The Falcon book is out and apparently it's worse than I imagined. Go to B3bouldering for more specifics. I hope that every guidebook publisher can learn something from this fiasco. Both the author and the publisher should retract the book and seriously reconsider the project. I personally can't recall a more spectacular failure in the history of climbing guidebooks.
It will be interesting to see if any of the magazines decide to pick up the story. The angle as I see it is that we are increasingly in a post-guidebook era where new areas and even word-class testpieces are in a kind of fluid state of documentation that is ever evolving and changing over time. Falcon was trusting in an older model of recording climbs that depended on a single expert setting down an agreed upon body of problems. The new model is one where users of the "book" rewrite it as it is being written and a tentative consensus emerges within a self-created community. Hence the importance of online guides such as Mountain Project and the new generation of blog guides, as exemplified by Chip's Flagstaff guide. Eventually with new bandwidth capacities, video guides will be common for many routes and areas. This has already happened at Fontainebleau, where a single book could never encapsulate 15, 000 problems.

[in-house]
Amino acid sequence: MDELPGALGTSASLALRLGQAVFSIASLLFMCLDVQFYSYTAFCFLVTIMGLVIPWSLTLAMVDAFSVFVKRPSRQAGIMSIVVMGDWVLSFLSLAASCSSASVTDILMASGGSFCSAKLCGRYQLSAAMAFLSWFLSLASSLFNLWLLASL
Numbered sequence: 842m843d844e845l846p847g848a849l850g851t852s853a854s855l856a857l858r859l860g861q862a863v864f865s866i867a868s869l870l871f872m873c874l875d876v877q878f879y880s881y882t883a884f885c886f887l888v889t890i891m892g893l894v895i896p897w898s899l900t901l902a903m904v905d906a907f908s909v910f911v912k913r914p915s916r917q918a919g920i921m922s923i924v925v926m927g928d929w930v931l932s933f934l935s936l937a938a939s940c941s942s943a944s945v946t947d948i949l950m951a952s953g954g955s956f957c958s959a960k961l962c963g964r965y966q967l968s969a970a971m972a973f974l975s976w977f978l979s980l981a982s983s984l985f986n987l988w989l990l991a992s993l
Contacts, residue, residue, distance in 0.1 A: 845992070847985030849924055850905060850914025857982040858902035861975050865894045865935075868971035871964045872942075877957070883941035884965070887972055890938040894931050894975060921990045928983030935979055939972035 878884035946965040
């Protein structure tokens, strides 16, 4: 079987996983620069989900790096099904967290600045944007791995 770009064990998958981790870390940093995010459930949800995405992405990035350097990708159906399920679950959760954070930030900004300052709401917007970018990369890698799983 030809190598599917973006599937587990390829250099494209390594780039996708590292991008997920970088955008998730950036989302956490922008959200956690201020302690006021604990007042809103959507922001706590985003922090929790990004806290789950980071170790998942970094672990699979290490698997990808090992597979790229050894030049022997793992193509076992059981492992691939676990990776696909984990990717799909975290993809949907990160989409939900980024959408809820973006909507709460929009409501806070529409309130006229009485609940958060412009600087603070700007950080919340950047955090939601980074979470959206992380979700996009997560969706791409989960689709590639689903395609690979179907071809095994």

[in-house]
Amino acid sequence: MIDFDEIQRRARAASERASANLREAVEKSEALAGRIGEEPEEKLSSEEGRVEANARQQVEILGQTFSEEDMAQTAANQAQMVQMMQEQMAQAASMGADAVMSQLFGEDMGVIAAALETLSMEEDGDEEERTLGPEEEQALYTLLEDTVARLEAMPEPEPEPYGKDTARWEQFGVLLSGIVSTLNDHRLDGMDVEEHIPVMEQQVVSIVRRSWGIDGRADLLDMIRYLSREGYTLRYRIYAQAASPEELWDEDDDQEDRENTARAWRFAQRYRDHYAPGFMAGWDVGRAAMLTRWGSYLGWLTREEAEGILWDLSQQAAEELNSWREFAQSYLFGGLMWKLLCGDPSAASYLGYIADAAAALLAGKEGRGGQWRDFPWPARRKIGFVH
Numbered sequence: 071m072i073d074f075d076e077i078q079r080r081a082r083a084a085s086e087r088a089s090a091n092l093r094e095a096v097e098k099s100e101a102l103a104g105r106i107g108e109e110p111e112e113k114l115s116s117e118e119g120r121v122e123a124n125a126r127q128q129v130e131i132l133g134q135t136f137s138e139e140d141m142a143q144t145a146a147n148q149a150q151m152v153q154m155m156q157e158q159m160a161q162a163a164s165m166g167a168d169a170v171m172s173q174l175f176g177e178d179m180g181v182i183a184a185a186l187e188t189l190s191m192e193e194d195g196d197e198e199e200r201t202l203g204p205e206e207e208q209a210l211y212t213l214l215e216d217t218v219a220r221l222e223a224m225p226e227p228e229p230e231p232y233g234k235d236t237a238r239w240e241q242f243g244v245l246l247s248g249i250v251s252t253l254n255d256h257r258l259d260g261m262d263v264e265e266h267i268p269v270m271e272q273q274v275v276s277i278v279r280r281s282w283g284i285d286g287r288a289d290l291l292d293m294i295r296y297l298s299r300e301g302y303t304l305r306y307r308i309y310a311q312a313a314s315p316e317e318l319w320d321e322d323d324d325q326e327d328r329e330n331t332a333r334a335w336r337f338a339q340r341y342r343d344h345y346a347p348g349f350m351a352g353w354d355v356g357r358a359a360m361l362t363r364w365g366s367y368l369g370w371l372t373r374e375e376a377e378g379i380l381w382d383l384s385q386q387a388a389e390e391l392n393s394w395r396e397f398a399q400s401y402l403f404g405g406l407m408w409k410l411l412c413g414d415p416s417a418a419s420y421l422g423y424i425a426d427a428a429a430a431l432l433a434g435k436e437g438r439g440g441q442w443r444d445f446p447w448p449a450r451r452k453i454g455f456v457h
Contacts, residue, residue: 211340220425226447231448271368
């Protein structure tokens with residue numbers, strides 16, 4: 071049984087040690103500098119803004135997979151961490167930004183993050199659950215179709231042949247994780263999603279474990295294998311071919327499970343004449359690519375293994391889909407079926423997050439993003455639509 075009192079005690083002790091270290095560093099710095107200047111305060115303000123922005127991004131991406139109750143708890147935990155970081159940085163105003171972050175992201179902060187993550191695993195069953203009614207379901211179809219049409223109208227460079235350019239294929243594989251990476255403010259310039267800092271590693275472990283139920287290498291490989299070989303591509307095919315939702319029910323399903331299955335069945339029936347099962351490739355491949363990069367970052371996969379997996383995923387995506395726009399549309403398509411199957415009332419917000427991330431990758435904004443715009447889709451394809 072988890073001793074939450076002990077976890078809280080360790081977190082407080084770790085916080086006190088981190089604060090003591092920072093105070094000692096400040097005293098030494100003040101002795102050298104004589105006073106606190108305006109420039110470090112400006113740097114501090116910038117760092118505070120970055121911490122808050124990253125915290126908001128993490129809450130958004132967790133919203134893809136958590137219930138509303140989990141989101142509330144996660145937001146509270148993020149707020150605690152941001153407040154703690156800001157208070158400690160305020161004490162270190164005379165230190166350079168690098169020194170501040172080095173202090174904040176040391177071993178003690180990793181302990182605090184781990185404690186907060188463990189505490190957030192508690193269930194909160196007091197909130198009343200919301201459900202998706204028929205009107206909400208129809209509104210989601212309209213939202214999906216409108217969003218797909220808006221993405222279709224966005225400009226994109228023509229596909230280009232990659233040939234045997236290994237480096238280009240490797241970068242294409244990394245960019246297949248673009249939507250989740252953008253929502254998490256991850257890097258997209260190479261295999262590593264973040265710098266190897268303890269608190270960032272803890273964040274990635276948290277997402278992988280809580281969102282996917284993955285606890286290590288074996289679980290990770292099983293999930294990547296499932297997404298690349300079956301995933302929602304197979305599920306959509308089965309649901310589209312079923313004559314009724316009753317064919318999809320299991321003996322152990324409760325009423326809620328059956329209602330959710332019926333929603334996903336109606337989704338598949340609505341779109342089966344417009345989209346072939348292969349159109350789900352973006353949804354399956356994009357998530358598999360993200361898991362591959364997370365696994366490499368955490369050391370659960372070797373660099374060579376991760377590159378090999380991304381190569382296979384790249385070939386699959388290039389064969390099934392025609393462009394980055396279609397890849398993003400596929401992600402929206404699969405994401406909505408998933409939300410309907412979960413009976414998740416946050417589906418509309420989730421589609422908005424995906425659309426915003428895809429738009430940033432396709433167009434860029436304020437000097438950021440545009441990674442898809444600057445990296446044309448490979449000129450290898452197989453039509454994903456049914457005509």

The move is more and more to "lifestyle" guides that emphasize beautiful visuals which climbers will buy not as references per se but as accessories that enhance the sense of pleasure they get from visiting an area. This is a very significant change that both Wolverine and Sharp End have moved forward on. Falcon, which I do not sense is run by climbers, is way behind the curve on this trend.